Marking A Yahrtzeit With A Focus On The Future
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Marking A Yahrtzeit With A Focus On The Future

An alternative commemoration with an eye toward sustainability.

Amy Sara Clark writes about politics and education. A Columbia Journalism School graduate, she's worked at CBS News, The Journal News, The Jersey Journal, Mom365, JTA and Prospect Heights Patch. She comes to journalism from academia where she earned a master's degree in European History with a focus on Vichy France.

Amir Yechieli, an Israeli science teacher who designed the barrels, explains how they work at Hawthorne Elementary School in May 2017. ALEX FLAMHOLZ
Amir Yechieli, an Israeli science teacher who designed the barrels, explains how they work at Hawthorne Elementary School in May 2017. ALEX FLAMHOLZ

Though family yahrtzeits are usually observed privately, Beverly Luchfeld of Teaneck, N.J., wanted to mark the third anniversary of the passing of her husband, Jack Flamholz, with a public event that touched upon two of his passions: teaching about sustainability and showing Israel in a positive light.

She hopes that the evening she’s planned — “Emergency Response: Addressing Global Crises” — will do just that. The Sept. 22 event is designed to teach high school students and adults about what the Israeli aid organization IsraAID does in two separate programs.

Luchfeld chose IsraAID for her husband’s memorial because the organization incorporates water sustainability into many of its projects. (For example, after Hurricane Maria, IsraAID built a gravitational sand water filtration system in Barrio Real, a small rural community in Puerto Rico.)

“It combines Jack’s dream of teaching sustainability and also showing Israel in a positive light,” said Luchfeld, who designs modest women’s clothing. She called IsraAID’s work “an incredible mitzvah.”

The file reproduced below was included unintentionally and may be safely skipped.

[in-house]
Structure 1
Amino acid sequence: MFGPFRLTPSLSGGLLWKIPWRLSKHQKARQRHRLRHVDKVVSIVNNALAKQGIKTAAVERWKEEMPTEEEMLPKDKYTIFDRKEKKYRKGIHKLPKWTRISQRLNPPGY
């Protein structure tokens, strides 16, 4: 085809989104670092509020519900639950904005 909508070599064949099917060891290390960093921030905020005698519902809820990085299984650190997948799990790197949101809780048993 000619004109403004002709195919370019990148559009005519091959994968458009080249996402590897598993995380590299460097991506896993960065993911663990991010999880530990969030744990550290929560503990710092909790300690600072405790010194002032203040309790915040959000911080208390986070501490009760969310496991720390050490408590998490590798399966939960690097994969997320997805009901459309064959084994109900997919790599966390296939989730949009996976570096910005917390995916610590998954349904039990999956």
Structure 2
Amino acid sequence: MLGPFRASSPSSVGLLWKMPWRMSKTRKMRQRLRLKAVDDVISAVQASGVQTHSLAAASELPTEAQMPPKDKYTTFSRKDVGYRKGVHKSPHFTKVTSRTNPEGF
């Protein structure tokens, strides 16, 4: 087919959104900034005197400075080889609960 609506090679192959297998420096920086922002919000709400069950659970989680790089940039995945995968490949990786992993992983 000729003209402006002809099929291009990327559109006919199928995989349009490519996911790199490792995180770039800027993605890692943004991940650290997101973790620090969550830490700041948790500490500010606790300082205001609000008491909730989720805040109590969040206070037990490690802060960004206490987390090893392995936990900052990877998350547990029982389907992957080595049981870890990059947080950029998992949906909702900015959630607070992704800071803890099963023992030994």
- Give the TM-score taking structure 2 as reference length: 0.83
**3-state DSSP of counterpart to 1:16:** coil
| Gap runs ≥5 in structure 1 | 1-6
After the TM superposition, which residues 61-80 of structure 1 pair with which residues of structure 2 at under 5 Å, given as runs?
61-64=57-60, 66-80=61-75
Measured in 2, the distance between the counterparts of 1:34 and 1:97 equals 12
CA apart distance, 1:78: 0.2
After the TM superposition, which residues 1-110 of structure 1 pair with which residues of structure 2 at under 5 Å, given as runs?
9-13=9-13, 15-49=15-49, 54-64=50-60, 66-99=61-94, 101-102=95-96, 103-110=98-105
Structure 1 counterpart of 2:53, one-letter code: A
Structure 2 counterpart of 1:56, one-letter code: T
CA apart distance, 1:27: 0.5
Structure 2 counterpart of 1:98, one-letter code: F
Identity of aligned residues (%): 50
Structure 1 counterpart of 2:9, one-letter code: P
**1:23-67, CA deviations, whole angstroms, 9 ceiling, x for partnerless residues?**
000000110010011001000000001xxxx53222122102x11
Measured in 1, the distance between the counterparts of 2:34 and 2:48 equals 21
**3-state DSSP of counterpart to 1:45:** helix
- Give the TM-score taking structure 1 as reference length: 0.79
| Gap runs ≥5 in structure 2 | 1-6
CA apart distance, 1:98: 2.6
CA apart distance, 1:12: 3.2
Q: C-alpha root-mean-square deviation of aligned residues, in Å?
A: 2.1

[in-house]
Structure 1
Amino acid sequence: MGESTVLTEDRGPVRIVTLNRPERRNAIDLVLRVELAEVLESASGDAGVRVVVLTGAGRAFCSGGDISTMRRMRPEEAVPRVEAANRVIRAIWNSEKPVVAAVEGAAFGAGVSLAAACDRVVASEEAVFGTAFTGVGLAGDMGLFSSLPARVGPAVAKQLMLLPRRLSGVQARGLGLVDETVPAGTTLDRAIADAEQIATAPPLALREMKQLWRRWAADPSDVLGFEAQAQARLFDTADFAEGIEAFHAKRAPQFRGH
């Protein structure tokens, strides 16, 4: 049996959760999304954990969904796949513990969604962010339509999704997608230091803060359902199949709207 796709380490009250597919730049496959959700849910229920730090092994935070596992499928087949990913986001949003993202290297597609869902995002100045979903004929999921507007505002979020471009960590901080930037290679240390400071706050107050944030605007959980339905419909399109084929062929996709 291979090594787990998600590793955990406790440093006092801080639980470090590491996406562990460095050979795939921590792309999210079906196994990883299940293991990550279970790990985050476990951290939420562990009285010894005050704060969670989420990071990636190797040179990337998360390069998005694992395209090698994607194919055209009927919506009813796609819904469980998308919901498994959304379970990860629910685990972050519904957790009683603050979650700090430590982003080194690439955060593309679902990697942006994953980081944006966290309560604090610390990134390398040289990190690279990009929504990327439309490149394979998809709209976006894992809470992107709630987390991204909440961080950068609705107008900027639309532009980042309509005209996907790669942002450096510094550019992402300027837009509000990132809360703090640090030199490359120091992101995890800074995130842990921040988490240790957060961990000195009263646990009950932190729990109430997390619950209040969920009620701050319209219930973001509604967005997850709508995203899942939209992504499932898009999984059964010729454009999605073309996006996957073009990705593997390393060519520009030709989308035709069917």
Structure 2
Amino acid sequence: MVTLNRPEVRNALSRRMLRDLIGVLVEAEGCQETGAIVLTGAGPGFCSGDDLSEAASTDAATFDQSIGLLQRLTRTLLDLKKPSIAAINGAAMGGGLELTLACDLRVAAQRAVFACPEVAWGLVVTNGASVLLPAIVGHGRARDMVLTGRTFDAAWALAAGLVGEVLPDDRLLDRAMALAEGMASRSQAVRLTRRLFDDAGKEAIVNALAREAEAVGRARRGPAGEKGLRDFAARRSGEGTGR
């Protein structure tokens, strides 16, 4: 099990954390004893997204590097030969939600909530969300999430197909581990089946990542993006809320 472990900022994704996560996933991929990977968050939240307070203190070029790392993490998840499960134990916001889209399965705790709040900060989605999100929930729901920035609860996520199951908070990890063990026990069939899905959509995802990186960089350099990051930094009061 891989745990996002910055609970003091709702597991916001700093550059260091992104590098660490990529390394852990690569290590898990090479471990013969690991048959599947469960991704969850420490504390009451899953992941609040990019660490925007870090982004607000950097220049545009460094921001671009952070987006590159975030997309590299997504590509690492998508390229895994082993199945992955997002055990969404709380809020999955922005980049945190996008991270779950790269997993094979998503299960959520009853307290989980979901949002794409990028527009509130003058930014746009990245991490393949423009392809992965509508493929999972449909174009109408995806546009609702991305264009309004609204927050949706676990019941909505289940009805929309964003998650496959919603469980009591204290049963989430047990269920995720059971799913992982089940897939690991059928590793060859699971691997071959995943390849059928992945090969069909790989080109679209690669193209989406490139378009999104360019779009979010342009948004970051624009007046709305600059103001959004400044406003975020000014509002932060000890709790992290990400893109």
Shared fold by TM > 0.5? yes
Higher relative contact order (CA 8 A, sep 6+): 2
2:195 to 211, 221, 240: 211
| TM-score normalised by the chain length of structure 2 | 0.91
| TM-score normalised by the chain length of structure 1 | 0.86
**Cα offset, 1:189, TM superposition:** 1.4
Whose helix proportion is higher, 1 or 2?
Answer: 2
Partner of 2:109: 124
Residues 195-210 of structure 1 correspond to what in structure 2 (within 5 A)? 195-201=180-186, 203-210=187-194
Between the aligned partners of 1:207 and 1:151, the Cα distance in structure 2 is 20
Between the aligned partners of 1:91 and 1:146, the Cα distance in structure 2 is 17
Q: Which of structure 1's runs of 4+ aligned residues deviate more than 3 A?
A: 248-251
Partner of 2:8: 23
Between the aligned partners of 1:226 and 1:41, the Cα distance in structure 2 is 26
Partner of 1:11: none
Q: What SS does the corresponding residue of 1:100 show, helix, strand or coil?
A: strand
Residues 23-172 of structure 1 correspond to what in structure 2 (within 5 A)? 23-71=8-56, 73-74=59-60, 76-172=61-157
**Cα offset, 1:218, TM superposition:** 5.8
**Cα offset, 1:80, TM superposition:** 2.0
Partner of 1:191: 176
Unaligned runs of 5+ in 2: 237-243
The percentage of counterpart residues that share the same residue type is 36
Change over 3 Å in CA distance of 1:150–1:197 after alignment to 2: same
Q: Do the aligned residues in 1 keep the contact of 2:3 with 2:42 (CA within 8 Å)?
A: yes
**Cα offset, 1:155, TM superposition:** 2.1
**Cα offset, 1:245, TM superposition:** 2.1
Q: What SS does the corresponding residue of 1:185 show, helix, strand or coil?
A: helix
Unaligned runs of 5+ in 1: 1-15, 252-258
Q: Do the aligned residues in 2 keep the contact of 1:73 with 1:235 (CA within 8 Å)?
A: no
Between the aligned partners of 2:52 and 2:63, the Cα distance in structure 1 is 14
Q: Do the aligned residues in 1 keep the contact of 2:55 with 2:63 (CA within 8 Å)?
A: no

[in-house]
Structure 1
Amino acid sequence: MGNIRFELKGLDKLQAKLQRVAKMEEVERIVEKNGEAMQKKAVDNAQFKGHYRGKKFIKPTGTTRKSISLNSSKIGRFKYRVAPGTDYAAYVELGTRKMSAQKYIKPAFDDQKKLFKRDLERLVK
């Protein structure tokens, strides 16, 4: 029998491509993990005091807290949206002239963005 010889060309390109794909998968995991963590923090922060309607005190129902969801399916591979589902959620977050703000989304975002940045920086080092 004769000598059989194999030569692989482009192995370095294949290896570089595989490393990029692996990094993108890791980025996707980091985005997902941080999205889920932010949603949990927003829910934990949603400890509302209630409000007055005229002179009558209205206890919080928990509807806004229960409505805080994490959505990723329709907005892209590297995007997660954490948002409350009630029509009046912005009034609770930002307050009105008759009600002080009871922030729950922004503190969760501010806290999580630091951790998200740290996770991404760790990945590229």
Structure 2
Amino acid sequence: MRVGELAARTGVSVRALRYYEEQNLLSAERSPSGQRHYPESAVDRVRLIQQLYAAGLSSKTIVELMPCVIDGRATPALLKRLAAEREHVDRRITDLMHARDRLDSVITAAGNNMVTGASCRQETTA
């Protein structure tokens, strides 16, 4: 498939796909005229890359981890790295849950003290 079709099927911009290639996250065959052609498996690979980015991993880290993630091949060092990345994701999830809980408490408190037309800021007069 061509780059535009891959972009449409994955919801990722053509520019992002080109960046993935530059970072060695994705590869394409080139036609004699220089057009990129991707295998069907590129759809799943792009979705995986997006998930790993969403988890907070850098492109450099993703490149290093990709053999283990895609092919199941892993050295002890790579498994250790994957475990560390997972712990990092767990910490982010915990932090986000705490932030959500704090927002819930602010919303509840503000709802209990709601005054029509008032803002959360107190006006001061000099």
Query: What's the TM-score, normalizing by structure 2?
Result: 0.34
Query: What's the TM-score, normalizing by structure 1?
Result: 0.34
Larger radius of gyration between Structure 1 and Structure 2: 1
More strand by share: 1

“They’re going to places that are far away from home, it’s not a political issue, it’s purely humanitarian and for social justice,” she said.

Founded in 2001, IsraAID has done emergency rescue and recovery work in more than 50 countries, providing help with medical care, water, sanitation and education as well as other types of humanitarian aid.

For the teen program, participants will be divided into five groups, each of which will be given a post-disaster scenario they will have to respond to. Members of each group will work together to strategize how to allocate resources for the 30 days following the disaster.

The adults will listen to Navonel Glick, co-chief executive officer of IsraAID, talk about the organization’s humanitarian programs and the changing needs of communities hit by disasters.

After Flamholz died of pancreatic cancer in October 2016, Luchfeld and the couple’s three adult children, Eta, Avi and Bezalel, started the Jack Flamholz Water Sustainability Project in his honor. They chose the topic  after finding plans for such a project in Flamholz’s notes. Installed at Hawthorne Elementary School in Teaneck in May of 2017, the program uses an Israeli system of specially designed barrels. They are made of PVC and have pointed bottoms, providing a place for sediment to settle. Students let the sediment out each day by turning a spigot. The water runs through several pipes and barrels until it is clean enough to be used to water the school’s garden and flush the school’s toilets.

Luchfeld said she will consider the evening a success if it gets more people to become aware of IsraAID’s work, and she hopes the students will consider volunteering, now and as adults. “It would be great” if both students and adults “learn about the resources they should cherish and try to not waste them.”

“Emergency Response: Addressing Global Crises” will take place at 7:30 p.m. on Sunday, Sept. 22, at Congregation Rinat Israel, 389 W. Englewood Ave. in Teaneck. To register visit tinyurl.com/IsraAIDTeaneck.

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